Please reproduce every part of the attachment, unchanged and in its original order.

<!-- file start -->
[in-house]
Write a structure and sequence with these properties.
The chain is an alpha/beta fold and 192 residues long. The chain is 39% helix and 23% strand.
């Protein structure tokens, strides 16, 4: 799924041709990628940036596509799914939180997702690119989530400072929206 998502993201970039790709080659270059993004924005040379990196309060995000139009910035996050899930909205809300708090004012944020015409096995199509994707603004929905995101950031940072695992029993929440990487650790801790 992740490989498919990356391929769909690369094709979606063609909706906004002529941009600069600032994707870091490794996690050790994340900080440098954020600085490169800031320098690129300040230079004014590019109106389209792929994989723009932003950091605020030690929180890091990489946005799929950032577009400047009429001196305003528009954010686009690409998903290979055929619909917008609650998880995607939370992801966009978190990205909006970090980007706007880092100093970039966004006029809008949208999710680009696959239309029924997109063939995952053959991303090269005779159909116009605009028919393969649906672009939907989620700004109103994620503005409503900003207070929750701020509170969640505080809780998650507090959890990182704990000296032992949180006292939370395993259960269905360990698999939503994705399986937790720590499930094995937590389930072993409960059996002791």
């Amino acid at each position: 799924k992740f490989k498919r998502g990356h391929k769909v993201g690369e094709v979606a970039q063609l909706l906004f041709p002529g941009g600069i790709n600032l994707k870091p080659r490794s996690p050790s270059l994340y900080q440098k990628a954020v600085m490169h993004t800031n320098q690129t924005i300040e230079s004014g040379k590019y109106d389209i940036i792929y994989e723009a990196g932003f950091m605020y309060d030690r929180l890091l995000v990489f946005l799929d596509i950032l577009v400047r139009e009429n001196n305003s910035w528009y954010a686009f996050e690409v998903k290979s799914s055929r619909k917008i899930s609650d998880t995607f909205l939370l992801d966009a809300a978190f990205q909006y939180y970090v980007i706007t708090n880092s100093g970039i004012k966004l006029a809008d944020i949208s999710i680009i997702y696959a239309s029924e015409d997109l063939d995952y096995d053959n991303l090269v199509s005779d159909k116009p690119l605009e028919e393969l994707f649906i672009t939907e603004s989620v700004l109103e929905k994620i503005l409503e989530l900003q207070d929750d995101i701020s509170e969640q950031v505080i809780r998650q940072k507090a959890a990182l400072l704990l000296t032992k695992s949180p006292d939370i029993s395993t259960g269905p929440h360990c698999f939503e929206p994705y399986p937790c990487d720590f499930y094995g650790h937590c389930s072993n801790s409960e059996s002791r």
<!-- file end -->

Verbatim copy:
[in-house]
Write a structure and sequence with these properties.
The chain is an alpha/beta fold and 192 residues long. The chain is 39% helix and 23% strand.
């Protein structure tokens, strides 16, 4: 799924041709990628940036596509799914939180997702690119989530400072929206 998502993201970039790709080659270059993004924005040379990196309060995000139009910035996050899930909205809300708090004012944020015409096995199509994707603004929905995101950031940072695992029993929440990487650790801790 992740490989498919990356391929769909690369094709979606063609909706906004002529941009600069600032994707870091490794996690050790994340900080440098954020600085490169800031320098690129300040230079004014590019109106389209792929994989723009932003950091605020030690929180890091990489946005799929950032577009400047009429001196305003528009954010686009690409998903290979055929619909917008609650998880995607939370992801966009978190990205909006970090980007706007880092100093970039966004006029809008949208999710680009696959239309029924997109063939995952053959991303090269005779159909116009605009028919393969649906672009939907989620700004109103994620503005409503900003207070929750701020509170969640505080809780998650507090959890990182704990000296032992949180006292939370395993259960269905360990698999939503994705399986937790720590499930094995937590389930072993409960059996002791």
């Amino acid at each position: 799924k992740f490989k498919r998502g990356h391929k769909v993201g690369e094709v979606a970039q063609l909706l906004f041709p002529g941009g600069i790709n600032l994707k870091p080659r490794s996690p050790s270059l994340y900080q440098k990628a954020v600085m490169h993004t800031n320098q690129t924005i300040e230079s004014g040379k590019y109106d389209i940036i792929y994989e723009a990196g932003f950091m605020y309060d030690r929180l890091l995000v990489f946005l799929d596509i950032l577009v400047r139009e009429n001196n305003s910035w528009y954010a686009f996050e690409v998903k290979s799914s055929r619909k917008i899930s609650d998880t995607f909205l939370l992801d966009a809300a978190f990205q909006y939180y970090v980007i706007t708090n880092s100093g970039i004012k966004l006029a809008d944020i949208s999710i680009i997702y696959a239309s029924e015409d997109l063939d995952y096995d053959n991303l090269v199509s005779d159909k116009p690119l605009e028919e393969l994707f649906i672009t939907e603004s989620v700004l109103e929905k994620i503005l409503e989530l900003q207070d929750d995101i701020s509170e969640q950031v505080i809780r998650q940072k507090a959890a990182l400072l704990l000296t032992k695992s949180p006292d939370i029993s395993t259960g269905p929440h360990c698999f939503e929206p994705y399986p937790c990487d720590f499930y094995g650790h937590c389930s072993n801790s409960e059996s002791r």